Over this Holiday season…make an effort to seek out a local cheese maker/cheesemonger in your area. Select a locally produced cheese or dairy product! You are not only supporting a local, sustainable business…but you are ensuring a long heritage of artisanal foods in our country!
I cannot begin to tell you how many emails I receive regarding summer internships at our yet-to-exist farm…so…from now on…check out this site. It will be of great help to those looking for internships and apprenticeships on sustainable farms.
I look forward to the day when I can make college kids work for food and shelter.
It’s been a long year (well…7 months to be exact). But by the time we return to STL permanently, it will have been a year. I am looking forward to getting back home, close to friends and family…and especially to the city that I have come to love all over again. I was born and raised in StL. I left as soon as I found a car able to handle the drive….but after my years of living away from my hometown, I found myself falling in love with it when I moved back in 2004…seeing it through new, unbiased eyes….gosh, I can’t wait to get back.
We plan on doing a bit of a detour before heading home. We will leave PHX and take a round about way home…heading over to L.A., up Hwy 101 to Napa…the Oregon Coast…up to Victoria BC….over to Glacier NP….through Montana and N. Dakota…across Minnesota…stopping in Glidden, WI to spend some time with Grandma & Grandpa…then a straight shot down to St. Louis. …then catching our breath for a couple days before flying to Massachusets for a wedding! Whew! It will be a whirlwind summer trip but my goodness…it will be spectacular. 4500 miles in all….over 75 hours driving time. We hope to camp, hike…do some good eating and drinkin’…check out some dairies and meet some cheesemakers…..not bad before I head back into the final year of graduate school….
Stay tuned for a more detailed plan…and I’m always up for suggestions!!
there is something ROTTEN in our fridge.
Wait…no…not rotten….it’s a smell I was once accustomed to…even fond of…ah…the smell of REAL CHEESE!!
That’s right folks…we broke down and put an order in to our friends up in the GREAT WHITE NORTH and got us some real cheese….and Tuscan SUPER ham…and olive oil…and chocolate…and some vinegars. I must admit…the shipping rate was like a nasty slap in the face on a crisp winter day…but once the initial sting wore off…I was able to enjoy our good tidings.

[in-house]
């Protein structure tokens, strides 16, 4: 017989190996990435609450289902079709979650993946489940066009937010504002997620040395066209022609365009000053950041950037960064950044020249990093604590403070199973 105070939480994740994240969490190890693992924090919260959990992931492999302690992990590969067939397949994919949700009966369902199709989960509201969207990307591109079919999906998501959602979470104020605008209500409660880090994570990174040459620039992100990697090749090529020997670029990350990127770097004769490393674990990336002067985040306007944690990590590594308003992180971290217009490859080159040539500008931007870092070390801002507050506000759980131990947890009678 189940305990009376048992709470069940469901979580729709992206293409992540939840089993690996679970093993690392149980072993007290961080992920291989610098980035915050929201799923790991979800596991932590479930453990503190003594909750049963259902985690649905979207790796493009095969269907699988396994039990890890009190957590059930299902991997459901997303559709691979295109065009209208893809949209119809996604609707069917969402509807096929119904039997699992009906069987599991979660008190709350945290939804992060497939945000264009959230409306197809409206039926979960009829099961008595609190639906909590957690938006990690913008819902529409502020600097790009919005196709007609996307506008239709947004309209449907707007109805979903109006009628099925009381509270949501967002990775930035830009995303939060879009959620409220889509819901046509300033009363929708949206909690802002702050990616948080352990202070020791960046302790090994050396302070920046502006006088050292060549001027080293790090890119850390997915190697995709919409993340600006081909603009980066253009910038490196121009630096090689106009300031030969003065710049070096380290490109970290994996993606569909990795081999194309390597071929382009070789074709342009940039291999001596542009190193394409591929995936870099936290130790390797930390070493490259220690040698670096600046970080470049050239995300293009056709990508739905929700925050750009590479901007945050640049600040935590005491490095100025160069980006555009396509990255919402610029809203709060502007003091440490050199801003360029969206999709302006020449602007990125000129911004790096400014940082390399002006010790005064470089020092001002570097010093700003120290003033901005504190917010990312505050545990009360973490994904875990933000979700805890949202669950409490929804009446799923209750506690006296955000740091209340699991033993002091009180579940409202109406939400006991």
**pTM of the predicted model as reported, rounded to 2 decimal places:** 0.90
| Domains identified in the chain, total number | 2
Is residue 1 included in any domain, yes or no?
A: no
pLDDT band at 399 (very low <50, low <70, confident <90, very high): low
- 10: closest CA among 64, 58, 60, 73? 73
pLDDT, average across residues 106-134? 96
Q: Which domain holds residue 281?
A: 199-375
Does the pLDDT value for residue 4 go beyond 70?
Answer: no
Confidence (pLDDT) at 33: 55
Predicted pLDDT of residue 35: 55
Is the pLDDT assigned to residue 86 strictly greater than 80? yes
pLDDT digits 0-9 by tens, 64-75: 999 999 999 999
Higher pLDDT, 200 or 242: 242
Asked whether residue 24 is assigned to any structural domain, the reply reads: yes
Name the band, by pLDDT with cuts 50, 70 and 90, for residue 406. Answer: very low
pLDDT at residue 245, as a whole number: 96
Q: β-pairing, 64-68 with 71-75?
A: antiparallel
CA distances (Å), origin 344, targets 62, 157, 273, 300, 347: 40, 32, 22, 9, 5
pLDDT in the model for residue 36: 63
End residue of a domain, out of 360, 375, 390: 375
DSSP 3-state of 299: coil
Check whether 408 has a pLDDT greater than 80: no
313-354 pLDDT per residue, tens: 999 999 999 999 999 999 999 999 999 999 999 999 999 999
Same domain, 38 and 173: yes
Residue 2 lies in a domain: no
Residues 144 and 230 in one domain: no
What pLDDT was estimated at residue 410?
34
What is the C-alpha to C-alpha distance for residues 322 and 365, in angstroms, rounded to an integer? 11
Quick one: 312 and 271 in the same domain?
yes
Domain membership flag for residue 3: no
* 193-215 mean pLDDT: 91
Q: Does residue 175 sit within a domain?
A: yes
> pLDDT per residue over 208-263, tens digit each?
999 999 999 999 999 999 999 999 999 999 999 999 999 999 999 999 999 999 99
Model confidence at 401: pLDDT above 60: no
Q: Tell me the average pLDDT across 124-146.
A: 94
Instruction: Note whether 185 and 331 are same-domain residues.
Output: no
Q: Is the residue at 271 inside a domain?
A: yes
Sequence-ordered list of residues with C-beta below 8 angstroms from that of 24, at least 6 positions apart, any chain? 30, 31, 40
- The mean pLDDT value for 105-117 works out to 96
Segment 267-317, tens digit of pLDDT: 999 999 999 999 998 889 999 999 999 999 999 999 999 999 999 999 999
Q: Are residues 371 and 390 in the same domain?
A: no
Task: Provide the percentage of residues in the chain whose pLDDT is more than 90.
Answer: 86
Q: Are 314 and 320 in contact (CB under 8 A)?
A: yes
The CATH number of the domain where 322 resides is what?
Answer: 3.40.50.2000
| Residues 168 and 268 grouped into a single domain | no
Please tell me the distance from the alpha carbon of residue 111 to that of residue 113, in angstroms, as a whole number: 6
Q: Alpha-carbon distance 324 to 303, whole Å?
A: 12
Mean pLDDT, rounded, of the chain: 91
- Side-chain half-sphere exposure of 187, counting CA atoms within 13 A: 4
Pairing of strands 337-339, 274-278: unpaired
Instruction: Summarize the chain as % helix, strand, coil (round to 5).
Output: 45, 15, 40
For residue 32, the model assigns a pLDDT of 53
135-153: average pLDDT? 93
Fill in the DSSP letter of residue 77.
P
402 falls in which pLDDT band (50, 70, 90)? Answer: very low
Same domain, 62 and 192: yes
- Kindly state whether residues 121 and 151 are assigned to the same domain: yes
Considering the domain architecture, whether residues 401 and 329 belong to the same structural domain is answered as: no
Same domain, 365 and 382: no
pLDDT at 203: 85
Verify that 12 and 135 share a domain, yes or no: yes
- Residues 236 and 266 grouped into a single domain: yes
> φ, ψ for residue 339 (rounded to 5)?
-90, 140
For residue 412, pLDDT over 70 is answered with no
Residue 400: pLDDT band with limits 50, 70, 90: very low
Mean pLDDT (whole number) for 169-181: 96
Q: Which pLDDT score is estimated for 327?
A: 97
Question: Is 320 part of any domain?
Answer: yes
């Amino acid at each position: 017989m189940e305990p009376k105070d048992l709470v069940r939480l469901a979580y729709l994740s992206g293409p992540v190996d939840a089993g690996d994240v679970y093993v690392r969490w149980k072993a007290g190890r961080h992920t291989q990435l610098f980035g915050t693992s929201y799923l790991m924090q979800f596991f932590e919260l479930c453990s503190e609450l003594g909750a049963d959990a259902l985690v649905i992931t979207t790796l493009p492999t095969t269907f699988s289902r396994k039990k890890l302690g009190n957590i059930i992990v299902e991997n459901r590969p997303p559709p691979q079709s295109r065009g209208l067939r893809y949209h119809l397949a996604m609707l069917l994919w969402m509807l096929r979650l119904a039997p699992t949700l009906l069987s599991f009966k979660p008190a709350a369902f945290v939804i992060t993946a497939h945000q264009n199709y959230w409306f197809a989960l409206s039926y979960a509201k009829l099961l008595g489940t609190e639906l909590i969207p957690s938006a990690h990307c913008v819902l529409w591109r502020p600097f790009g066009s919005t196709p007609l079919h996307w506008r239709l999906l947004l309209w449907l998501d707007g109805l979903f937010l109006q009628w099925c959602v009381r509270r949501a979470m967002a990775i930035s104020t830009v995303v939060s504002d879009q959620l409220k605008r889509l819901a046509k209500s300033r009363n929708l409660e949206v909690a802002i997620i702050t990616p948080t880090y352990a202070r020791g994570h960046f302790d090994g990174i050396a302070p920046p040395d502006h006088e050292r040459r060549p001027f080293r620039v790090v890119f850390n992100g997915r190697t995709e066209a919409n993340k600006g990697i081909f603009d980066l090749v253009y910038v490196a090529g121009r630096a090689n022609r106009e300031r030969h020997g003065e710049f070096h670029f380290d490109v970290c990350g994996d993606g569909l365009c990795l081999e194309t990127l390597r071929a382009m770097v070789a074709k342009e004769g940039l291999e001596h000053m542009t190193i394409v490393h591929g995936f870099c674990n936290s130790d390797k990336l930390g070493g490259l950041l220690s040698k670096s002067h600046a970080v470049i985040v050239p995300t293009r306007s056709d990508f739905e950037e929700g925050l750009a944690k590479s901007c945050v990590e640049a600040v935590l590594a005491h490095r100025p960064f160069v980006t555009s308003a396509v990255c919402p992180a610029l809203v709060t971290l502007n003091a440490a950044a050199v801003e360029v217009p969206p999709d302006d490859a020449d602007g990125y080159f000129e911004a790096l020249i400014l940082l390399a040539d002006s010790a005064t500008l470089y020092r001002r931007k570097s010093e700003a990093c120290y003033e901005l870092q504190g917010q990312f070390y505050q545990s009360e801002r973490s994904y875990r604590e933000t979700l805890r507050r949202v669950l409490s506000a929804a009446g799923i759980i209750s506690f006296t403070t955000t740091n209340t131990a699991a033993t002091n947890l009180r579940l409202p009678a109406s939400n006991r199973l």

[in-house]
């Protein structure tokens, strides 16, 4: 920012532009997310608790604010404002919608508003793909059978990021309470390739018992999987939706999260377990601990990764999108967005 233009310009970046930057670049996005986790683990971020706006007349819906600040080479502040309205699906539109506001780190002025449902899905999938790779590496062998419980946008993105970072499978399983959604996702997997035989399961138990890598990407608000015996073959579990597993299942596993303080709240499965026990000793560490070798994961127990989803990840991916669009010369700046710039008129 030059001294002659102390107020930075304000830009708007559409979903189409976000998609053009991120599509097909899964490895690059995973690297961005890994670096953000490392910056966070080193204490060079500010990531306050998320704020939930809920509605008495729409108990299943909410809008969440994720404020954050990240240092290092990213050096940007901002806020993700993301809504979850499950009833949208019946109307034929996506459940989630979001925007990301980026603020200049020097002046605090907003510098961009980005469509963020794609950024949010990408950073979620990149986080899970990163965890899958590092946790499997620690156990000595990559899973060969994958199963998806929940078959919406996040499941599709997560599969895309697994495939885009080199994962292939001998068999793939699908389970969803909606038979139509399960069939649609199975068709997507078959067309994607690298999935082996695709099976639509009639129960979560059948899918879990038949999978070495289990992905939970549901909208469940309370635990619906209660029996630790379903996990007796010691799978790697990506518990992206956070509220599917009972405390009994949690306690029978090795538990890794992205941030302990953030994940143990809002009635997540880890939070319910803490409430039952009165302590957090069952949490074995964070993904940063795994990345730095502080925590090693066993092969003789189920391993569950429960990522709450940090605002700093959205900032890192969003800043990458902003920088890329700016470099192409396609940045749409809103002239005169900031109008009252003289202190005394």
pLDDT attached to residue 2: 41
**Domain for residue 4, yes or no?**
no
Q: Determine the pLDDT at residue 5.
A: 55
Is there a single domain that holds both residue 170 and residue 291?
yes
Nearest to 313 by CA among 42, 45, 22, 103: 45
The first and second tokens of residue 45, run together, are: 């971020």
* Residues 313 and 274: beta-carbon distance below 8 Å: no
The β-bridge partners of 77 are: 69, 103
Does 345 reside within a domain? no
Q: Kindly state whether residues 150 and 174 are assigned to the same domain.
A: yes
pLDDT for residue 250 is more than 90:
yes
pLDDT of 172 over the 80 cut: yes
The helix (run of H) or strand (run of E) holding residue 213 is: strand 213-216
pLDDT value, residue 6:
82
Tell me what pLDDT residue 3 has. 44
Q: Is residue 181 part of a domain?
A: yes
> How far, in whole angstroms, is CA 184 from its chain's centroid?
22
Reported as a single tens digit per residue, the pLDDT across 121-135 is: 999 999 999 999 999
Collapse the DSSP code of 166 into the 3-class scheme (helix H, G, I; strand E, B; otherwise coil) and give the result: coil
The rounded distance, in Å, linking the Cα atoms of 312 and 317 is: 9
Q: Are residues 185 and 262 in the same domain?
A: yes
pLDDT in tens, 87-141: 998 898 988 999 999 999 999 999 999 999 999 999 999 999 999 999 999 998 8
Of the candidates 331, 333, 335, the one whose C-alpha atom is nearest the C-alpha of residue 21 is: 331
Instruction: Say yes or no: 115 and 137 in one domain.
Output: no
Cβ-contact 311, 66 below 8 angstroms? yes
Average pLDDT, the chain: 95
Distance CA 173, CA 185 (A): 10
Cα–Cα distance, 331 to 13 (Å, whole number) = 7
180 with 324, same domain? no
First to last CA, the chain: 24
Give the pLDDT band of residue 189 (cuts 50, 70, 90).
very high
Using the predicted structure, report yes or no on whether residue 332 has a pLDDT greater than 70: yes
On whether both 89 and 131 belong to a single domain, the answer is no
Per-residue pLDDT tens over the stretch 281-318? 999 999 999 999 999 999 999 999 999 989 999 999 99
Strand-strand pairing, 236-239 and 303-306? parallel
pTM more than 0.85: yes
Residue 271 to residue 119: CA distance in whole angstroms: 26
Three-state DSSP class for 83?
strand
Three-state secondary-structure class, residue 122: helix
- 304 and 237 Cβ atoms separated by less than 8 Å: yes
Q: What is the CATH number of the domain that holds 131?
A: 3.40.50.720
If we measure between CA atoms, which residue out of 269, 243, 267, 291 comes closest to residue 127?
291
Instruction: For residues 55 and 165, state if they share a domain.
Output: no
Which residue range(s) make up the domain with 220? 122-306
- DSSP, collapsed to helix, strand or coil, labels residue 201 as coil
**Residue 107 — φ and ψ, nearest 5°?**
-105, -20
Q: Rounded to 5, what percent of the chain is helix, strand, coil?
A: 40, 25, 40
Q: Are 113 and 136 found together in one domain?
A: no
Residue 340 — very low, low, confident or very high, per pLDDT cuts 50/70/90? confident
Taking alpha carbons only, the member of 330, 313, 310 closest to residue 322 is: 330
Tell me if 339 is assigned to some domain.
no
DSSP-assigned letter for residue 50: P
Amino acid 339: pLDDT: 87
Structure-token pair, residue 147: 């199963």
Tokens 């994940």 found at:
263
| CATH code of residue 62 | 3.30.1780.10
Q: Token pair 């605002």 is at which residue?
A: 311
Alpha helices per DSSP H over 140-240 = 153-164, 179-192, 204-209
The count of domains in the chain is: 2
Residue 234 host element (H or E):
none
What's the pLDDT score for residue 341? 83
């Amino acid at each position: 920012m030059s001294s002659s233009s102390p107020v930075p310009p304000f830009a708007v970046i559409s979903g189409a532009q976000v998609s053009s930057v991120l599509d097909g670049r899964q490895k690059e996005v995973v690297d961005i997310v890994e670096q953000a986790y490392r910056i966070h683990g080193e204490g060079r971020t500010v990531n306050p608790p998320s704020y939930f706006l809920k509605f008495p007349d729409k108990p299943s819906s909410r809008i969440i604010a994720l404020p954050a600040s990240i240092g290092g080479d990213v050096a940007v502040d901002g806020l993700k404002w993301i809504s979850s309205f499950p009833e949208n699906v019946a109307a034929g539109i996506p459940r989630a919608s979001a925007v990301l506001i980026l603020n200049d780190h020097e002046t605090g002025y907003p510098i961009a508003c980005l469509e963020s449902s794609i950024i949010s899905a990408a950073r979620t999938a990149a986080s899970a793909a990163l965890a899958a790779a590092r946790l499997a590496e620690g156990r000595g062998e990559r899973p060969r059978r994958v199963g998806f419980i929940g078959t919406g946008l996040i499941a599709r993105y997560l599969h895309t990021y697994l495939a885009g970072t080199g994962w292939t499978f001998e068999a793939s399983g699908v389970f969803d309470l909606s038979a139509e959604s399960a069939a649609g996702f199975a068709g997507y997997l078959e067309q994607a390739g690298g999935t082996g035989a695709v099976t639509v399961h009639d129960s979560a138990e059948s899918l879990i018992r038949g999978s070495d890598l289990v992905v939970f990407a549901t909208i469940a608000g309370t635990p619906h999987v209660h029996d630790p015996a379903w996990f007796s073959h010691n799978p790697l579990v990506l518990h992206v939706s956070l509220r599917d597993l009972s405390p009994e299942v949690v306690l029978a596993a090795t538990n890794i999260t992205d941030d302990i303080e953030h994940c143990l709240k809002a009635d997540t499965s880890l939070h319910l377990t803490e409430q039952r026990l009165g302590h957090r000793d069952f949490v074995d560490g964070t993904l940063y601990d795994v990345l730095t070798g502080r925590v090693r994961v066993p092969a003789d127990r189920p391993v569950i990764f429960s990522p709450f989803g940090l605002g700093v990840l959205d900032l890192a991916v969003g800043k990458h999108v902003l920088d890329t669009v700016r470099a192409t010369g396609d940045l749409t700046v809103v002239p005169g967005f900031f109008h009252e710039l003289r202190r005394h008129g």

So…over the next couple days….I plan on discussing what was in our goody box.
First up: Grayson. It hails from Meadow Creek Farms in the hills of southwestern Virginia. A washed-rind, raw cow’s milk cheese…Grayson, comes in a square form like Taleggio… STINKS TO HIGH HELL….but tastes so delicious. Creamy rich…nice tang and goes perfect on a ham sammich. Made by Meadow Creek Dairy…it’s worth the stench in your fridge.
i must be dreaming…Obama is our next president (Hallejluah!) and now we have a new magazine devoted to cheese; Culture. Touted as America’s only cheese consumer magazine…it is sure to please all the cheese lovers of the US…and hopefully abroad. The debut issue is set for December 2008. You better believe I’ve already bought my subscription…I am so excited about this new venture. It will be such a great outlet for increasing cheese knowledge and appreciation….
CULTURE, the magazine of cheese, farms, and flavor, debuts in Autumn 2008 as America’s only consumer cheese magazine. The quarterly, newsstand publication will obviously focus on cheese, which continues to grow in popularity, sales, and prestige. It will educate readers about the flavors of cheeses from the USA and around the world. It will show them the farms and dairies that produce the cheese. It will explain the science of cheesemaking. And it will provide tips on how to purchase and store cheese.
Unlike a typical gourmet lifestyle magazine, though, CULTURE taps into America’s growing awareness of local food growers, farm-to-table choices, and the desire to know the origins of our food. The magazine will blend the idea of a luxury food with a back-to-the land sensibility.